And the tableware was much above ordinary, too.

Marget was troubled at times, and pursued Ursula with questions to an uncomfortable degree; but Ursula stood her ground and stuck to it that it was Providence, and said no word about the cat. Marget knew that nothing was impossible to Providence, but she could not help having doubts that this effort was from there, though she was afraid to say so, lest disaster come of it. Witchcraft occurred to her, but she put the thought aside, for this was before Gottfried joined the household, and she knew Ursula was pious and a bitter hater of witches. By the time Gottfried arrived Providence was established, unshakably intrenched, and getting all the gratitude. The cat made no murmur, but went on composedly improving in style and prodigality by experience.

In any community, big or little, there is always a fair proportion of people who are not malicious or unkind by nature, and who never do unkind things except when they are overmastered by fear, or when their self- interest is greatly in danger, or some such matter as that. Eseldorf had its proportion of such people, and ordinarily their good and gentle influence was felt, but these were not ordinary times--on account of the witch-dread--and so we did not seem to have any gentle and compassionate hearts left, to speak of. Every person was frightened at the unaccountable state of things at Marget's house, not doubting that witchcraft was at the bottom of it, and fright frenzied their reason. Naturally there were some who pitied Marget and Ursula for the danger that was gathering about them, but naturally they did not say so; it would not have been safe. So the others had it all their own way, and there was none to advise the ignorant girl and the foolish woman and warn them to modify their doings. We boys wanted to warn them, but we backed down when it came to the pinch, being afraid. We found that we were not manly enough nor brave enough to do a generous action when there was a chance that it could get us into trouble. Neither of us confessed this poor spirit to the others, but did as other people would have done-- dropped the subject and talked about something else. And I knew we all felt mean, eating and drinking Marget's fine things along with those companies of spies, and petting her and complimenting her with the rest, and seeing with self-reproach how foolishly happy she was, and never saying a word to put her on her guard. And, indeed, she was happy, and as proud as a princess, and so grateful to have friends again. And all the time these people were watching with all their eyes and reporting all they saw to Father Adolf.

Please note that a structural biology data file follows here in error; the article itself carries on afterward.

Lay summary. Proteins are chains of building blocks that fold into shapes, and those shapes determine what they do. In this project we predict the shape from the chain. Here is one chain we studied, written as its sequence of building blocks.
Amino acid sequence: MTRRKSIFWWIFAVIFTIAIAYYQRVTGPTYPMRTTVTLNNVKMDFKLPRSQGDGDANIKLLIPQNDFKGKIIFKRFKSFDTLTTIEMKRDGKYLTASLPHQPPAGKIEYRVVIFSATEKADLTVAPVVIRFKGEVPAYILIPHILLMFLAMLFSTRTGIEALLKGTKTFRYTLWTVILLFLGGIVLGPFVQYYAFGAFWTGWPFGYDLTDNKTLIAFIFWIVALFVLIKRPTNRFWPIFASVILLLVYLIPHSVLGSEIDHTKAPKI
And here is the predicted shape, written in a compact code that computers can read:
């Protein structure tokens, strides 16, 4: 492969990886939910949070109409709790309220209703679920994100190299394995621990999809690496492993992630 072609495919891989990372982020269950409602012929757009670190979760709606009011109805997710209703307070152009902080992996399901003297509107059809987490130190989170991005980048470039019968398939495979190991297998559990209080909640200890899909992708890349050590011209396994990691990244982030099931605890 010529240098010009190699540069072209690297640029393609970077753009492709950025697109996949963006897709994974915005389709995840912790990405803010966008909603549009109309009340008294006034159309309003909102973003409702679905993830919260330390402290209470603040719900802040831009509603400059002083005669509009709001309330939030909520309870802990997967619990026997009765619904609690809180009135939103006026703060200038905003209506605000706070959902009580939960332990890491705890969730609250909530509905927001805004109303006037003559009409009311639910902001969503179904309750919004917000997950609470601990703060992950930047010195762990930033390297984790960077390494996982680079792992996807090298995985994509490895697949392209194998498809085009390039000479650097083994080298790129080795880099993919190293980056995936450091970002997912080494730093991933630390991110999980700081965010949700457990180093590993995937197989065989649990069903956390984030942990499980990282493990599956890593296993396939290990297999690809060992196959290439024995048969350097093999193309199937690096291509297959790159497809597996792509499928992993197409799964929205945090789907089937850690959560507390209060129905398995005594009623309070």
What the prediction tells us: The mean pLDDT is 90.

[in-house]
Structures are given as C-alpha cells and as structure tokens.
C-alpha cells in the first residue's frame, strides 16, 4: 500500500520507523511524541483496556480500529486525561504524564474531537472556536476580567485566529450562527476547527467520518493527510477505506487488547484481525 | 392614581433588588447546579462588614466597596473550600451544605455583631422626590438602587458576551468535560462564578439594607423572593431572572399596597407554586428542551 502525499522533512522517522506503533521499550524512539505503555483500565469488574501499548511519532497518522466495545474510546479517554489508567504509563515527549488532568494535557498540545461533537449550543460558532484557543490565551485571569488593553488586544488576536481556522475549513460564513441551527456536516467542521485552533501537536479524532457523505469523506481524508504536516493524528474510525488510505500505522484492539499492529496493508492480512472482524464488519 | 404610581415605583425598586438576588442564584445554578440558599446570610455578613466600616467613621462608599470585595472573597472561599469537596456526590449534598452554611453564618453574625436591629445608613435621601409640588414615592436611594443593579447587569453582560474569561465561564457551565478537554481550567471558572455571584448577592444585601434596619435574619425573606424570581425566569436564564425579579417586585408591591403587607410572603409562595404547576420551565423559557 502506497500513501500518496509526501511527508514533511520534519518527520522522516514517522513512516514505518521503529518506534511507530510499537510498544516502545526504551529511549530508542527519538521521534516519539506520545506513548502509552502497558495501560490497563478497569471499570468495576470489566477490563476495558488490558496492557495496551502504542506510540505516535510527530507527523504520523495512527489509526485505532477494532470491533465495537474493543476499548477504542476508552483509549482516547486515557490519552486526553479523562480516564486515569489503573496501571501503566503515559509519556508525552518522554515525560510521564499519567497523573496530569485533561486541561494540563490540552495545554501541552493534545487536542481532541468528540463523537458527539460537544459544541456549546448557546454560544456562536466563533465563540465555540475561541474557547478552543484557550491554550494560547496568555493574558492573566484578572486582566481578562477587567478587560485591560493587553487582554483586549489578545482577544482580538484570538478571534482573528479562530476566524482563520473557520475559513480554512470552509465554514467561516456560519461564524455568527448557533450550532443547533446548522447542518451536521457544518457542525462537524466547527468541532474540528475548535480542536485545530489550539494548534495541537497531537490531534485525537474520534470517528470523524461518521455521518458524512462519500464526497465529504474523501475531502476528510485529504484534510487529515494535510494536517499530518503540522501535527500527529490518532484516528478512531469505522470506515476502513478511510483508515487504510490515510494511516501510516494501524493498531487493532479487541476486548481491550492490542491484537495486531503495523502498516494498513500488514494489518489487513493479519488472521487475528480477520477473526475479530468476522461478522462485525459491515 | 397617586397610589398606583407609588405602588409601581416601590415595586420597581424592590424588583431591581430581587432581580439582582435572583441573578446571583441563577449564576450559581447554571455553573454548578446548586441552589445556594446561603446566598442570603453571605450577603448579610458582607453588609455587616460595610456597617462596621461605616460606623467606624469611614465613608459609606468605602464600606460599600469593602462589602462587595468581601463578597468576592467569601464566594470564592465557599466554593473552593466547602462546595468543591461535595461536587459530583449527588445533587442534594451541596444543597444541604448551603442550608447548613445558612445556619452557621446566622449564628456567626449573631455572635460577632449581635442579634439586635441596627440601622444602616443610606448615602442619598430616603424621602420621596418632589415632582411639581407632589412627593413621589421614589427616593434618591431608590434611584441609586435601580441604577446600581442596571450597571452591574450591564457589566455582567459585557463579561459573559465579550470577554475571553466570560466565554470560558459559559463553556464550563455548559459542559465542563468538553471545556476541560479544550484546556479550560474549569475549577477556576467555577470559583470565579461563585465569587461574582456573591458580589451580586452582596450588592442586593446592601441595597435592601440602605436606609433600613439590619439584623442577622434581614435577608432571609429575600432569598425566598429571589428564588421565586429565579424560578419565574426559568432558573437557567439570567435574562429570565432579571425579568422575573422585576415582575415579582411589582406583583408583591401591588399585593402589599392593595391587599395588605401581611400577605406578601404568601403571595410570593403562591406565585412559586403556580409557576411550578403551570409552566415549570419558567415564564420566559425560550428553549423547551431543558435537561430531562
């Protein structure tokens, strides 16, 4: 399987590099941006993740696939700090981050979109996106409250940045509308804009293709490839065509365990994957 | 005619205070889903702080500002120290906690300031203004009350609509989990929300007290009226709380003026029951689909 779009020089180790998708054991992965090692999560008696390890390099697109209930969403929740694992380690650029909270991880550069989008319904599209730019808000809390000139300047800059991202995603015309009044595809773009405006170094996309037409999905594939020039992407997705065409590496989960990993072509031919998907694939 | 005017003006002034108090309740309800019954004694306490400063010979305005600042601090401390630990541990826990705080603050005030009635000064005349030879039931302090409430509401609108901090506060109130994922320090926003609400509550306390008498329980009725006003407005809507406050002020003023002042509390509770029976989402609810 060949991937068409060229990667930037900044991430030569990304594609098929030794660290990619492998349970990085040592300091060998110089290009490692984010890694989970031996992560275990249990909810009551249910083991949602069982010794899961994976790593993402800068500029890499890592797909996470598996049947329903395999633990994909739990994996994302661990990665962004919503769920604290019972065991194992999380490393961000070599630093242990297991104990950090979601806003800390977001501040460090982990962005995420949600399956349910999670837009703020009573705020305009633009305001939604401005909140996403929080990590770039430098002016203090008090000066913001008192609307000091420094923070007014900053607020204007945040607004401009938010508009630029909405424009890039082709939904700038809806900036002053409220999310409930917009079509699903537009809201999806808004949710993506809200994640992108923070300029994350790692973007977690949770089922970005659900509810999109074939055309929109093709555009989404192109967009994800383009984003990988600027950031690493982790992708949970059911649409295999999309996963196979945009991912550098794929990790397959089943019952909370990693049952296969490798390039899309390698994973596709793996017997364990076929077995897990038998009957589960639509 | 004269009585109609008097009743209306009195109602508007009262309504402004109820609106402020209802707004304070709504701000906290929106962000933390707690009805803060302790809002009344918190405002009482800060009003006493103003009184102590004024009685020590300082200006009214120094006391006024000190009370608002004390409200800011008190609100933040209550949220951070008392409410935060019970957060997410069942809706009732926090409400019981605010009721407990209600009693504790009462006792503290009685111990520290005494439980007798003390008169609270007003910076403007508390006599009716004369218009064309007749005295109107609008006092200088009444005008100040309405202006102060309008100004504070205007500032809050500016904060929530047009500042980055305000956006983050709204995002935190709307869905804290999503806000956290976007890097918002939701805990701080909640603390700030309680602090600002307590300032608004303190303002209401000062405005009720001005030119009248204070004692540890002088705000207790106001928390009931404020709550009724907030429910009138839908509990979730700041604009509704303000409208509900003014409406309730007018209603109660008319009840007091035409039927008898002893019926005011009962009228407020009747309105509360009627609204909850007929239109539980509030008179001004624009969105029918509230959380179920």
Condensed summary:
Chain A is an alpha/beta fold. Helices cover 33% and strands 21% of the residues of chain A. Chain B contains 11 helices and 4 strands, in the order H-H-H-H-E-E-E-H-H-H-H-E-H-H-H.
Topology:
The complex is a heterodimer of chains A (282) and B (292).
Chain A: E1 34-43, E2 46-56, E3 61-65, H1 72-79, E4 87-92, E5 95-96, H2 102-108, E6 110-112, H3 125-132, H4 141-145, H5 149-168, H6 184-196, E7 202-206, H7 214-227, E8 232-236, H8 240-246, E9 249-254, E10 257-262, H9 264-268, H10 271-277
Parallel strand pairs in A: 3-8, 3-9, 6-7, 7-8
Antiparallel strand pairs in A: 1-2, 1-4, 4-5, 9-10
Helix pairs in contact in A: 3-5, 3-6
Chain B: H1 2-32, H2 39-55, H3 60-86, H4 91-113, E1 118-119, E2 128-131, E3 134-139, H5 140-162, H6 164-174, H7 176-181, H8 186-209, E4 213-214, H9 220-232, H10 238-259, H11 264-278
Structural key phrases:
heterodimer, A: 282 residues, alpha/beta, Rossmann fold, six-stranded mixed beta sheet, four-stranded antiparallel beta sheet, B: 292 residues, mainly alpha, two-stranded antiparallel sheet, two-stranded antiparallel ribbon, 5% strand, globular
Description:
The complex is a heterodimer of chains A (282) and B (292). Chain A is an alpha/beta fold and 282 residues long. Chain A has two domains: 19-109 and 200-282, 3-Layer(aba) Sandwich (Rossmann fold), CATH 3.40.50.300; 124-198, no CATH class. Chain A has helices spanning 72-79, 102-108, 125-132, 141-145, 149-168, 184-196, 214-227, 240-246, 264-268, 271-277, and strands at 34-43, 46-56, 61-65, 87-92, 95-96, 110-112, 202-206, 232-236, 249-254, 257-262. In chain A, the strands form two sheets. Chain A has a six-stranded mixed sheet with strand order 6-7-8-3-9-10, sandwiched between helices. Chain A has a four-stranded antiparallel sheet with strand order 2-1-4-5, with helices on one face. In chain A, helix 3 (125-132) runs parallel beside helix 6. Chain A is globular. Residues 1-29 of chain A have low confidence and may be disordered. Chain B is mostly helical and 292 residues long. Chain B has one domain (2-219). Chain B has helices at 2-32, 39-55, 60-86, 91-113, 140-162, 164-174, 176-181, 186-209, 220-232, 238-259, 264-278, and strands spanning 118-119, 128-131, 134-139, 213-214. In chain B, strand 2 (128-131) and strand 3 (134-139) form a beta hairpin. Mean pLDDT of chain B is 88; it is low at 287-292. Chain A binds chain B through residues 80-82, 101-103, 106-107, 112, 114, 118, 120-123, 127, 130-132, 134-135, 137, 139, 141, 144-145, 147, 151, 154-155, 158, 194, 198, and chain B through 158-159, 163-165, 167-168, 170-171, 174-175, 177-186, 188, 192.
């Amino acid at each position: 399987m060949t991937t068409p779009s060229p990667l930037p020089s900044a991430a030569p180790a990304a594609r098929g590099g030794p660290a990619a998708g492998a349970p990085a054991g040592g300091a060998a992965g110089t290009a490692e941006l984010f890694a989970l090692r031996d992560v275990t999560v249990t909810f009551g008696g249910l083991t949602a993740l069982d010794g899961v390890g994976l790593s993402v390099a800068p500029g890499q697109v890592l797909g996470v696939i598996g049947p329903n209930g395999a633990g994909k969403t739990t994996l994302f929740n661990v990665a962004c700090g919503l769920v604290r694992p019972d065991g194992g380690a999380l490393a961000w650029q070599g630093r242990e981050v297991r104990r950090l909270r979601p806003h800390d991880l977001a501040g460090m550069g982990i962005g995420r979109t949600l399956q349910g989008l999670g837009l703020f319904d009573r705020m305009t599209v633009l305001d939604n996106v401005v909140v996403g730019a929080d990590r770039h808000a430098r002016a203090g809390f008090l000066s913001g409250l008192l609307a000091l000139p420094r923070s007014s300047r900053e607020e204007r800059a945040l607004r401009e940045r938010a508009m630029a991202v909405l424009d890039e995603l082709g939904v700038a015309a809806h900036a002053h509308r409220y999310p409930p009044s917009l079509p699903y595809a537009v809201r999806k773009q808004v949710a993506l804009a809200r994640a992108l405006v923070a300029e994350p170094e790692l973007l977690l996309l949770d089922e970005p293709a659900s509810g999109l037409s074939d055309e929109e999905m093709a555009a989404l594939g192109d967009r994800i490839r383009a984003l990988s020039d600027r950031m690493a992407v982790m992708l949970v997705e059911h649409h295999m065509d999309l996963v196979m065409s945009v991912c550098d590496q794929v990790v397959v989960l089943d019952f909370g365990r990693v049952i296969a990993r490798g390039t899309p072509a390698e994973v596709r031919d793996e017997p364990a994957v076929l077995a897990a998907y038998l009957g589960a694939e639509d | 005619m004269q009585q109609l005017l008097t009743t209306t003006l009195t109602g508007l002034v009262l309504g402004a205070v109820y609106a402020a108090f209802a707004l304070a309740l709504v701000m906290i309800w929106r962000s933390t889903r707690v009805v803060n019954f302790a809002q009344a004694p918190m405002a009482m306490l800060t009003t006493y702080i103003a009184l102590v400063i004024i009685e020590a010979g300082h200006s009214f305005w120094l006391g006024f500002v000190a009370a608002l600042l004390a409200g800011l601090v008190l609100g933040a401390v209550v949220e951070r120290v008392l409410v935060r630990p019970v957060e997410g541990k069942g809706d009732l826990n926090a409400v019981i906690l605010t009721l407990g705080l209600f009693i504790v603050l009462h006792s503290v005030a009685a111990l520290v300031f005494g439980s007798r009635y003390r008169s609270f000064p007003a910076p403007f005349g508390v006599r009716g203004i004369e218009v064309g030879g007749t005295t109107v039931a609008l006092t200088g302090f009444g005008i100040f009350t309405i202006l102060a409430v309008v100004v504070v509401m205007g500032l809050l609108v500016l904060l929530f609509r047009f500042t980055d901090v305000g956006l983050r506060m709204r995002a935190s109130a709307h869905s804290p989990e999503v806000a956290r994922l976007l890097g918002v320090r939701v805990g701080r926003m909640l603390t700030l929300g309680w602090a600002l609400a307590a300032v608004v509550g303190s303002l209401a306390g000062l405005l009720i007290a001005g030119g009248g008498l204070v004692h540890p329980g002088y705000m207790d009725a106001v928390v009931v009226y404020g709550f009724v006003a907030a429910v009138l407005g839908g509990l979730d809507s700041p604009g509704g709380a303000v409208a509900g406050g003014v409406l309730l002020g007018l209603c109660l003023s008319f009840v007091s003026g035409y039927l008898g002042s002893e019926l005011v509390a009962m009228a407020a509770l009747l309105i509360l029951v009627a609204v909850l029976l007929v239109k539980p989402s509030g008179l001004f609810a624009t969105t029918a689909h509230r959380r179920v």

But he couldn't make head or tail of the situation. There must be an enchanter somewhere on the premises, but who was it? Marget was not seen to do any jugglery, nor was Ursula, nor yet Gottfried; and still the wines and dainties never ran short, and a guest could not call for a thing and not get it. To produce these effects was usual enough with witches and enchanters--that part of it was not new; but to do it without any incantations, or even any rumblings or earthquakes or lightnings or apparitions--that was new, novel, wholly irregular. There was nothing in the books like this. Enchanted things were always unreal. Gold turned to dirt in an unenchanted atmosphere, food withered away and vanished. But this test failed in the present case. The spies brought samples: Father Adolf prayed over them, exorcised them, but it did no good; they remained sound and real, they yielded to natural decay only, and took the usual time to do it.

Father Adolf was not merely puzzled, he was also exasperated; for these evidences very nearly convinced him--privately--that there was no witchcraft in the matter. It did not wholly convince him, for this could be a new kind of witchcraft. There was a way to find out as to this: if this prodigal abundance of provender was not brought in from the outside, but produced on the premises, there was witchcraft, sure.

Mark Twain
Classic Literature Library

All Pages of This Book